RACMonitor: Why Too Much News is a Good Thing

Dr. Ronald HirschOctober 18, 2022

It is time for another multi-topic update. Some weeks produce just too much news to limit my reporting to one topic.


First up is an award that I hate to have to even consider, but this week it is more than appropriate to award the bad payer of the week. I am not really sure how I got on their mailing list but one payer, a payer in a state best known for a woodchipper in a 1990’s movie, sends out almost daily policy updates. And since they are in my inbox, I read them. No, sending too many emails is not their offense, although for many that can be viewed as a negative. Rather, last week they notified their providers that any time they call the customer service line to check on patient eligibility, they can only get information on three patients, where previously it was five. Is that how you improve service for your contracted providers and reduce improper claims by limiting the amount of information you will provide in once phone call? That’s certainly a novel method.


Next up, in the past I have praised the Center for Medicare Advocacy, a nonprofit organization that, you guess it, advocates for Medicare beneficiaries. Last week they described another success of their advocacy efforts. In this case, they worked with the Centers for Medicare & Medicaid Services (CMS) to ensure that the booklet entitled “Medicare and You” accurately portrays the realities of the Medicare Advantage plans, especially the need for prior authorization for many services. They were able to get CMS to change the wording from “some services require prior authorization” to “many services” require it. That one word change may help some patients realize that the MA plan may not be as enticing as it sounds. As some say, Medicare Advantage plans with their added benefits such as health club memberships and eyeglasses are great, until you get sick and need medical care. If you want to get on the mailing list for the Center, and you should, go to MedicareAdvocacy.org.


Next, last week I heard about an audit finding that I had never heard before. This was an audit by a government contractor looking at high weighted DRG claims. In this case the audit called into question the validity of one of the diagnoses, which is not unusual, but the audit findings letter also indicated that the reviewer felt that the query sent to the physician was a leading query.


Of course, the clinical documentation integrity leader carefully reviewed the query and adamantly disagrees both that the diagnosis was invalid and that the query was leading and appealed. The auditor’s response has not yet been received but it will be very interesting to see if this was a one-time occurrence or if auditors are now going to start questioning the objectiveness of the queries.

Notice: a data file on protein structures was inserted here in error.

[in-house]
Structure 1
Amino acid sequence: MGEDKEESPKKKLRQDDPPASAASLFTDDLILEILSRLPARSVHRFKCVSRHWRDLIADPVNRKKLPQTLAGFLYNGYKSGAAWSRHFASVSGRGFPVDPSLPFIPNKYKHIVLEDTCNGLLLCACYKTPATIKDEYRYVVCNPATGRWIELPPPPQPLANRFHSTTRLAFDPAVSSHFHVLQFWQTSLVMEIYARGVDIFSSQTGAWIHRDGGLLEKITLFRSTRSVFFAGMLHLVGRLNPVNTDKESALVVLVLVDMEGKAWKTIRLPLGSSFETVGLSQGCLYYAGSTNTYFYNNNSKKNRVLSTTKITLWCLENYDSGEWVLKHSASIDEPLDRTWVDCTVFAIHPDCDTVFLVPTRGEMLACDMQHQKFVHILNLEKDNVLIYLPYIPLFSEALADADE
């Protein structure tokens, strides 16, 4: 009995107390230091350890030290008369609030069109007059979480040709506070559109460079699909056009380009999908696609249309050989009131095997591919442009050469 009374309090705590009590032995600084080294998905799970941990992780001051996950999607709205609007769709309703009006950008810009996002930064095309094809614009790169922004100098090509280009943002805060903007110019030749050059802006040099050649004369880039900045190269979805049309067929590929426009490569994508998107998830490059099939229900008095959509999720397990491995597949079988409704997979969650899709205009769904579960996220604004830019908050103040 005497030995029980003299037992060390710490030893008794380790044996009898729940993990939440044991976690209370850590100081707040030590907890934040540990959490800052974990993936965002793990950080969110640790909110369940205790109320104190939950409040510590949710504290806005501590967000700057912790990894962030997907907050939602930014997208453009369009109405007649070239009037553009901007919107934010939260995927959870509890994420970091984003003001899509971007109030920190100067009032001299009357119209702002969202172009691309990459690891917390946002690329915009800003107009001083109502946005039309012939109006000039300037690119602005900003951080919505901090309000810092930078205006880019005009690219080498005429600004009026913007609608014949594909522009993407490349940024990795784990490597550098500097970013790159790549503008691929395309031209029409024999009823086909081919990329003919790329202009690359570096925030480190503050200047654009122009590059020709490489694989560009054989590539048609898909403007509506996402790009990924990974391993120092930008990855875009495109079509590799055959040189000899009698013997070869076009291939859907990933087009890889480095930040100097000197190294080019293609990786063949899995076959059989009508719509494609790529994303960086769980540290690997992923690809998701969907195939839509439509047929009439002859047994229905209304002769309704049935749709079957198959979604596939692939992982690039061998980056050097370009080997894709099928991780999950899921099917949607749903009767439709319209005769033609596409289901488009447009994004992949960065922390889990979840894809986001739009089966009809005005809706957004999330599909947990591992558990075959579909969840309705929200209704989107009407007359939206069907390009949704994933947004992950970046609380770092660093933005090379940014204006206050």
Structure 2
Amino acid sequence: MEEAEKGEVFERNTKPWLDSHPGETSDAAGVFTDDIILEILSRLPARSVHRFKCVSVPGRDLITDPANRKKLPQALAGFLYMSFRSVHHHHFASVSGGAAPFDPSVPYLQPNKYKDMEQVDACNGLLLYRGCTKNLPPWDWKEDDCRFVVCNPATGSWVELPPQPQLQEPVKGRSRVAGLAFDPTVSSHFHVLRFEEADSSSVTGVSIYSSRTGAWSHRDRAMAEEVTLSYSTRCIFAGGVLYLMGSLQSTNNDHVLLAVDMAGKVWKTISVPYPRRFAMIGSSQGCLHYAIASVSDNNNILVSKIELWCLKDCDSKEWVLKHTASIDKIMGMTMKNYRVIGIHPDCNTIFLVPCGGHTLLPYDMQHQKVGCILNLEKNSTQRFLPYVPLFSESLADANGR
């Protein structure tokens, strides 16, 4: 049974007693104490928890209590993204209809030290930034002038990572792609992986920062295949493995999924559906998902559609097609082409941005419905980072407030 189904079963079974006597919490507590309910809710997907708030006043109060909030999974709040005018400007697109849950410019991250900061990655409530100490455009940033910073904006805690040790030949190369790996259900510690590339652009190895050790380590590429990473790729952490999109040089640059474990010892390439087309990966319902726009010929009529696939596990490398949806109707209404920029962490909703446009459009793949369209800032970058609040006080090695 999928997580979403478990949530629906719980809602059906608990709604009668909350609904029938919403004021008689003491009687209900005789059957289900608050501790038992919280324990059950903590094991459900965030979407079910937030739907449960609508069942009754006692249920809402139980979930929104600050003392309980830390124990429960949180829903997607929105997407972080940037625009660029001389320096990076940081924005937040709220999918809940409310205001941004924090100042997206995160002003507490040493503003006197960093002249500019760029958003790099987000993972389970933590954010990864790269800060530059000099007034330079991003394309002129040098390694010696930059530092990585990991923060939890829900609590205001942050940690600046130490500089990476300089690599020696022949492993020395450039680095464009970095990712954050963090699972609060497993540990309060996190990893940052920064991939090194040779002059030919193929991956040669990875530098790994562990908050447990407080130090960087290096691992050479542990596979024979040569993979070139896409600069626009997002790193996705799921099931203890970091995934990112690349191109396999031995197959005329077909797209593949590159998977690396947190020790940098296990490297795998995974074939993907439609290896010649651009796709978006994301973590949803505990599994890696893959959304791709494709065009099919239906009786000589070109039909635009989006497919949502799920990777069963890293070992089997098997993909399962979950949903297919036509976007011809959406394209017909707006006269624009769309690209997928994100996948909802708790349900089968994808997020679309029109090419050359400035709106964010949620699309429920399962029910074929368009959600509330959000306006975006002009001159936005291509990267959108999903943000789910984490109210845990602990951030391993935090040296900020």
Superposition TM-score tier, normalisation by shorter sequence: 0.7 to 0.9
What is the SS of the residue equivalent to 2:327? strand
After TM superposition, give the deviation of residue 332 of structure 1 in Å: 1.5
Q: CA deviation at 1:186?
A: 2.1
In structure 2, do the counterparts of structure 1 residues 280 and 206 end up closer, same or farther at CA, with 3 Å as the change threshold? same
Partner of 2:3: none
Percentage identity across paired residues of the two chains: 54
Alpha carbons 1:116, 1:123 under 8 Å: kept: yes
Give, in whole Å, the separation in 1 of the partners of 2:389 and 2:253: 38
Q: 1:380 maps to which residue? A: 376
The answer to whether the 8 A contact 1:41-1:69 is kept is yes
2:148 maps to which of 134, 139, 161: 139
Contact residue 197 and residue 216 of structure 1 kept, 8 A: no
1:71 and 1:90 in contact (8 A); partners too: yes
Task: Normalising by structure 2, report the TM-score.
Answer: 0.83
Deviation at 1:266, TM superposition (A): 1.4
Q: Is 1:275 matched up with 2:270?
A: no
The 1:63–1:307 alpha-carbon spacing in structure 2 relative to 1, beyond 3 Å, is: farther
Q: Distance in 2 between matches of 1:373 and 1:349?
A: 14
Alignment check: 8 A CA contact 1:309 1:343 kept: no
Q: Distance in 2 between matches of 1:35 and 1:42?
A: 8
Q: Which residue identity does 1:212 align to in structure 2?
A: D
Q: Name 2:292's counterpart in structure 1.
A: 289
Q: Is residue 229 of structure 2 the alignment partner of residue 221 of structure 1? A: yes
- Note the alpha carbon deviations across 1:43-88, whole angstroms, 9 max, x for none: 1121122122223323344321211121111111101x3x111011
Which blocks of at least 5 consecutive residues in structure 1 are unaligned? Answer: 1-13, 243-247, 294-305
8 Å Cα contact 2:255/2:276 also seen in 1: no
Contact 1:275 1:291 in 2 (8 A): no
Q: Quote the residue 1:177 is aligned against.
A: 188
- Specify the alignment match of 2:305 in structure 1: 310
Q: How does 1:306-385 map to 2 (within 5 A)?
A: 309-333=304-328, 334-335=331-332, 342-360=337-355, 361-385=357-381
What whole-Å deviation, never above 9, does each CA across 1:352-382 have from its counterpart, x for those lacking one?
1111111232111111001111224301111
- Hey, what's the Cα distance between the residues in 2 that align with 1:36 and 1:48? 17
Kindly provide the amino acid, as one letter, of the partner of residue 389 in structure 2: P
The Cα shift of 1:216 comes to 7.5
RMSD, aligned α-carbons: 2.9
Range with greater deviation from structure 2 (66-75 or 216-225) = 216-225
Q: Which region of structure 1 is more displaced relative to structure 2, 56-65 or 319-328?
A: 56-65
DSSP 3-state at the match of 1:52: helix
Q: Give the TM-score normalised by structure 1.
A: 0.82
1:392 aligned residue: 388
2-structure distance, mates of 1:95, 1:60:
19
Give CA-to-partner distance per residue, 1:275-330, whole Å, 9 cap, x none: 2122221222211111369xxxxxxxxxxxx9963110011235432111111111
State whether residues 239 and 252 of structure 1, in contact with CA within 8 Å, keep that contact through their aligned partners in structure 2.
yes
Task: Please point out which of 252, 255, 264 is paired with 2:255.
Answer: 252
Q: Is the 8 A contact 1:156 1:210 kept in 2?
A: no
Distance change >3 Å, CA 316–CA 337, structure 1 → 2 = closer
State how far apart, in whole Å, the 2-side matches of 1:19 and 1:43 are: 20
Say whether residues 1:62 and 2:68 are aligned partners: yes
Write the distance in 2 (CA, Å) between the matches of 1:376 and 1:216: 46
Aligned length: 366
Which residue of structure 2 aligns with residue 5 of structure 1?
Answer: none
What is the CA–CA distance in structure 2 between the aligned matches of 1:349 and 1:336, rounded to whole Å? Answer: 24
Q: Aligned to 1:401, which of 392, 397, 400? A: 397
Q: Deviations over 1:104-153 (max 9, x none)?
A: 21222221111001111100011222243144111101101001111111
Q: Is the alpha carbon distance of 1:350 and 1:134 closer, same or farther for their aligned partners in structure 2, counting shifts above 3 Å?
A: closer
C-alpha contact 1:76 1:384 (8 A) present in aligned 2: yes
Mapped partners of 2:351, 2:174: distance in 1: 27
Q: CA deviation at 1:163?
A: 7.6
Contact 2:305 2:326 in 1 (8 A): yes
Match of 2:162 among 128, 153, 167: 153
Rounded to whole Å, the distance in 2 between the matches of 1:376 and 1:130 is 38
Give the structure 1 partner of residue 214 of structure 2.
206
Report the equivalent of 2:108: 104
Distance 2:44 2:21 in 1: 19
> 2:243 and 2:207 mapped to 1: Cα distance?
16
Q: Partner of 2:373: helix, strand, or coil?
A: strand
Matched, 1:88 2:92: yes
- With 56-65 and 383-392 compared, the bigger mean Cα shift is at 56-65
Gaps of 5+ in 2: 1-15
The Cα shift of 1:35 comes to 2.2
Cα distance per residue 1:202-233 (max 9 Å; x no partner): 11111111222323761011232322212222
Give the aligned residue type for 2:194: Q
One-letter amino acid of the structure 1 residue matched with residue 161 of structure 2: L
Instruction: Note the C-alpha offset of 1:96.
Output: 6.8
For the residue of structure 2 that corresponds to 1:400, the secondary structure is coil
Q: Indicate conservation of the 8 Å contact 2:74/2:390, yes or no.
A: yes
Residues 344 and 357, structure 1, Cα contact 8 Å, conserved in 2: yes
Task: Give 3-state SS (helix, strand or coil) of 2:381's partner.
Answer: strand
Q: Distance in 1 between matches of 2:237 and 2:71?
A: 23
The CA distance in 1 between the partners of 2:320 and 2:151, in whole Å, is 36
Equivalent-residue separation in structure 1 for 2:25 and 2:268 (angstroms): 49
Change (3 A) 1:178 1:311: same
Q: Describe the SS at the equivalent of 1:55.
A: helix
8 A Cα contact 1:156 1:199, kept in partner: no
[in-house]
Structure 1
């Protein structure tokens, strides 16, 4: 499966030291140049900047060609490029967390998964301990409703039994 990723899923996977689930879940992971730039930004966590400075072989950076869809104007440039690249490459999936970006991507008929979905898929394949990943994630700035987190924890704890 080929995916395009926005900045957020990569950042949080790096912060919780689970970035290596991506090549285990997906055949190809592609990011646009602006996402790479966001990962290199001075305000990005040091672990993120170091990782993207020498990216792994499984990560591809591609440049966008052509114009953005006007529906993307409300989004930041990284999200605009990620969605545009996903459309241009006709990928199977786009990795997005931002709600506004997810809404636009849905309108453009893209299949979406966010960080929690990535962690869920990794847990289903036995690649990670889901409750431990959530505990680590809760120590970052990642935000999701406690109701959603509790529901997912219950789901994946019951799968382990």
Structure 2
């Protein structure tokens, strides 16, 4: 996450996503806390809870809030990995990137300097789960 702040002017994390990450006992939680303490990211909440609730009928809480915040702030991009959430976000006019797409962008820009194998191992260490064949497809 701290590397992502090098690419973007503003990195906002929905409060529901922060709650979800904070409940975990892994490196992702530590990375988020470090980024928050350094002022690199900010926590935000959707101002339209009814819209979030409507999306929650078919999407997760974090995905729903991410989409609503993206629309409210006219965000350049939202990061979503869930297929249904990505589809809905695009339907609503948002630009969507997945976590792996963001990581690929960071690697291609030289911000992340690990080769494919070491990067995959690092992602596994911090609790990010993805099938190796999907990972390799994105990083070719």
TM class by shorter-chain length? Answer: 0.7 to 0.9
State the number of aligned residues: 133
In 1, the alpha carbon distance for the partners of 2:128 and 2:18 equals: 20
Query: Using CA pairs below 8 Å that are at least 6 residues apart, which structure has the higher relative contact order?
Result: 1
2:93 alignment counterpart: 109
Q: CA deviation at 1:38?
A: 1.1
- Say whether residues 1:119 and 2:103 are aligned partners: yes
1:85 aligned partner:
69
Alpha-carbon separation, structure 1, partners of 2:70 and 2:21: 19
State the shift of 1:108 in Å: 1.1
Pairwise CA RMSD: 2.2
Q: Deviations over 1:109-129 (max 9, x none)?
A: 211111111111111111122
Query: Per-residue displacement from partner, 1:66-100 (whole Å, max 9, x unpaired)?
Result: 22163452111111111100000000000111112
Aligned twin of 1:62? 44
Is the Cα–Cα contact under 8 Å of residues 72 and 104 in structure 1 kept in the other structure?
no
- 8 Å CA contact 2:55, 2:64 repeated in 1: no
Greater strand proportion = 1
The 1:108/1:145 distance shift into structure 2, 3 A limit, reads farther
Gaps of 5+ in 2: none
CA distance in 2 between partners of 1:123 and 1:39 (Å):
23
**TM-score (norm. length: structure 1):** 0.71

I have spoken with Dr. Erica Remer, who co-hosts Talk Ten Tuesday, and she will be discussing this in an upcoming episode. As was asked by listeners, is there an actual regulation that prohibits leading queries, rather than it simply being best practice, and should the actual queries even be placed in the medical record. I am hopeful she will have answers for both so tune in.  


Finally, last week there was another one of those “are you kidding?” moments for me. There was a report that the U.S. Department of Justice (DOJ) is charging seven people with insurance fraud. Their scheme was unusual in that they ran several wellness clinics but instead of providing chiropractic and therapy services as advertised, they provided sexual services. The catch was that their patients were union-insured dock workers who agreed to allow their insurance companies to be billed for the “services” they received as if it was actual covered medical care.

According to the DOJ summary, these workers have great insurance with no copayments or deductibles, so it appears that everyone had a happy ending, at least until the government stepped in and broke up the scheme. I think I will just leave it there.


Programming note: Listen live to Dr. Ronald Hirsch as he makes his Monday rounds on Monitor Monday, 10 Eastern and sponsored by R1-RCM.


Read the full article here. 

Author Bio: Dr. Ronald Hirsch is Vice President of the Regulations and Education Group at R1 RCM Inc. Dr. Hirsch was a general internist and HIV specialist and practiced at Signature Medical Associates, a multispecialty practice located in Elgin, IL. He was Medical Director of Case Management at Sherman Hospital in Elgin, IL from 2006 to 2012, where he was Chairman of the Medical Records Committee from 1995 to 2012, and also served on the Medical Executive Committee. Dr. Hirsch is certified in Health Care Quality and Management by the American Board of Quality Assurance and Utilization Review Physicians, certified in Revenue Integrity by the National Association of Healthcare Revenue Integrity, and on the Advisory Board of the American College of Physician Advisors. He is on the editorial board of RACmonitor.com. He is the co-author of The Hospital Guide to Contemporary Utilization Review, with the third edition published in 2021.